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Re: st: probit vs. logit


From   carlto12@msu.edu
To   statalist@hsphsun2.harvard.edu
Subject   Re: st: probit vs. logit
Date   Tue, 25 May 2010 14:55:32 -0400


One reason that economists might prefer the probit conditional mean specification is that it is easier to control for unobserved effects via a Correlated Random Effects (CRE) approach, although this would only arise in a panel data context. For example, Papke and Wooldridge (1996) use the logit link function for cross-sectional analysis, but in Papke and Wooldridge (2008) they use a probit link function to allow them to more easily control for time-constant unobservables.

References:

1. Papke, L. and J. M. Wooldridge (1996). ?Econometric Methods for Fractional Response Variables with an Application to 401(k) Plan Participation Rates,? Journal of Applied Econometrics, 11, pp. 619-632.

2. Papke, L. and J. M. Wooldridge (2008). ?Panel Data Methods for Fractional Response Variables with an Application to Test Pass Rates,? Journal of Econometrics, 145, pp. 121-133.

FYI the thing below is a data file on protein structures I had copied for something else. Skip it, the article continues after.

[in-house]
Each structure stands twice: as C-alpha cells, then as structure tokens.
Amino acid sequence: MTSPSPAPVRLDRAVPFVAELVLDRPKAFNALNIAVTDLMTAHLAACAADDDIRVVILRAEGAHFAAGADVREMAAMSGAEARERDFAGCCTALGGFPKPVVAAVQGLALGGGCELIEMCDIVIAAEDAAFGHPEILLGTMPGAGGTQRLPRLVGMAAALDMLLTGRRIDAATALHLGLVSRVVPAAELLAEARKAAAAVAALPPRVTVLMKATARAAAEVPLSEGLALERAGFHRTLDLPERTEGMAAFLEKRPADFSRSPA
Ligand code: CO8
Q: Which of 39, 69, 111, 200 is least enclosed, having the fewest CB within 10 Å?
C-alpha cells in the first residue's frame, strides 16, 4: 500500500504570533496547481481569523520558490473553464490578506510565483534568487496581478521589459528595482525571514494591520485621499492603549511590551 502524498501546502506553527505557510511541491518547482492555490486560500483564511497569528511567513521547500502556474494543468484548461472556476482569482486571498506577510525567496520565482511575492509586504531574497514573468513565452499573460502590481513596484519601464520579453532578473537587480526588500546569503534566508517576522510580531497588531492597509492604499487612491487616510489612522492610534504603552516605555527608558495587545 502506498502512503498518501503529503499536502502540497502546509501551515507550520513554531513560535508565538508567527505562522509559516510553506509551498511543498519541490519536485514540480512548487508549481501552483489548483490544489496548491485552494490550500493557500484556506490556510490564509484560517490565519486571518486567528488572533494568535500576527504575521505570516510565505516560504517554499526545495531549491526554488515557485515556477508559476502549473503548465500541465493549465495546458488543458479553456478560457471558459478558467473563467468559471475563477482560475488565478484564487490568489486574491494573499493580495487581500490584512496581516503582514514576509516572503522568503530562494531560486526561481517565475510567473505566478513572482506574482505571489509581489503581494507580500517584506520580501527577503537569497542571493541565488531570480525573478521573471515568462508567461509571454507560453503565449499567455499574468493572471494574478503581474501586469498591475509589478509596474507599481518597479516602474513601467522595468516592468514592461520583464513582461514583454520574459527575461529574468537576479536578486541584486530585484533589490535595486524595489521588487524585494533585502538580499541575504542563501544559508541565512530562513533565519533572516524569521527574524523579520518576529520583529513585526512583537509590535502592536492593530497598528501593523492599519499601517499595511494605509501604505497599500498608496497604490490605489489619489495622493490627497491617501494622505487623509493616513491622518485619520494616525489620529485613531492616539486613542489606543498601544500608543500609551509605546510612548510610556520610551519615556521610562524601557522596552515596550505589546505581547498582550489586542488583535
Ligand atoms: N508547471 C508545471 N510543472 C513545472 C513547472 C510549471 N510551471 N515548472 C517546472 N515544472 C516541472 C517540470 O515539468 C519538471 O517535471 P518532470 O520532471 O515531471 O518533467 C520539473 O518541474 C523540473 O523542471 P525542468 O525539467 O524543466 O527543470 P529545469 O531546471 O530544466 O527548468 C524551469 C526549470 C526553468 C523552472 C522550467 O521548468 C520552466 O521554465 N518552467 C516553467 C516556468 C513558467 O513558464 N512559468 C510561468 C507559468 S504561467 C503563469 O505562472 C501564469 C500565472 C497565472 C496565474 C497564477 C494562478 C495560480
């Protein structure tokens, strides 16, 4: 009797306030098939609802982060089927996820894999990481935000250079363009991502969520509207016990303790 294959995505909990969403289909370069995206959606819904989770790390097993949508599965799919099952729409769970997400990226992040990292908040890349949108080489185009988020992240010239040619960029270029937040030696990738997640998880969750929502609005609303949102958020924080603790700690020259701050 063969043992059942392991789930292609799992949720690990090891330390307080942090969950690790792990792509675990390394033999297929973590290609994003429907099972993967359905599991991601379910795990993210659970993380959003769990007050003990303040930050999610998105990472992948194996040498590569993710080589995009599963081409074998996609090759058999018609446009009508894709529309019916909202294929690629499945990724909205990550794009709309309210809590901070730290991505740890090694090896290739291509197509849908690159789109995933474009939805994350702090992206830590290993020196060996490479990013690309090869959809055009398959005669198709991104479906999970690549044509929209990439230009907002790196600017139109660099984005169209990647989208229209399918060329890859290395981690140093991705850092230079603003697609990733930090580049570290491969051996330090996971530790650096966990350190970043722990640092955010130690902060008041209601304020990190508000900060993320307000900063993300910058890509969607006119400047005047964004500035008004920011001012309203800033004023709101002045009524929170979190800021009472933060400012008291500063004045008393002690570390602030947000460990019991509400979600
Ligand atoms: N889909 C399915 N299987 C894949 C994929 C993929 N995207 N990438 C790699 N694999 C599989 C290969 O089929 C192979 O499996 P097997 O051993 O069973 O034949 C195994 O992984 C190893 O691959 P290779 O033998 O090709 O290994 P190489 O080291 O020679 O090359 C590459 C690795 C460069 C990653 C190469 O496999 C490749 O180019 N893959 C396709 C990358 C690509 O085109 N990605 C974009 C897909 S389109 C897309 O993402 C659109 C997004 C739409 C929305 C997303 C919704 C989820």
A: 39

Quoting Richard Williams <richardwilliams.ndu@gmail.com>:

At 09:17 AM 5/25/2010, Nick Winter wrote:
I'll go further -- I've never seen a case where the choice of one
or
the other makes *any* substantive difference in the substantive effects estimated.  (That is, in predicted probabilities or in
the
impact of IVs on those probabilities.)

I'd also say that if you find an example where your conclusions do

differ, you would then be forced to make a choice based on theory about the precise nature of unobserved disturbances -- I seriously

doubt most field have theories precise enough to make that choice with any confidence.

I had a prominent economist tell me once that he thought probit was

much better, but he didn't say why.  Like you, I've never seen a
case
where it made much substantive difference.  It is more a matter of

disciplinary practices or personal preference.  I don't know if it
is
true or not, but I think somebody on this list once said that you would need several million cases to empirically distinguish between

logit and probit.

However, when you get into more advanced techniques, there can be good reasons for preferring one link over the other.  For example,
as
far as I know, there are no logistic counterparts to biprobit or ivprobit.  I don't know if that is because the routines have not
been
written or if such routines are impossible to estimate or much more

difficult to program.


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Richard Williams, Notre Dame Dept of Sociology
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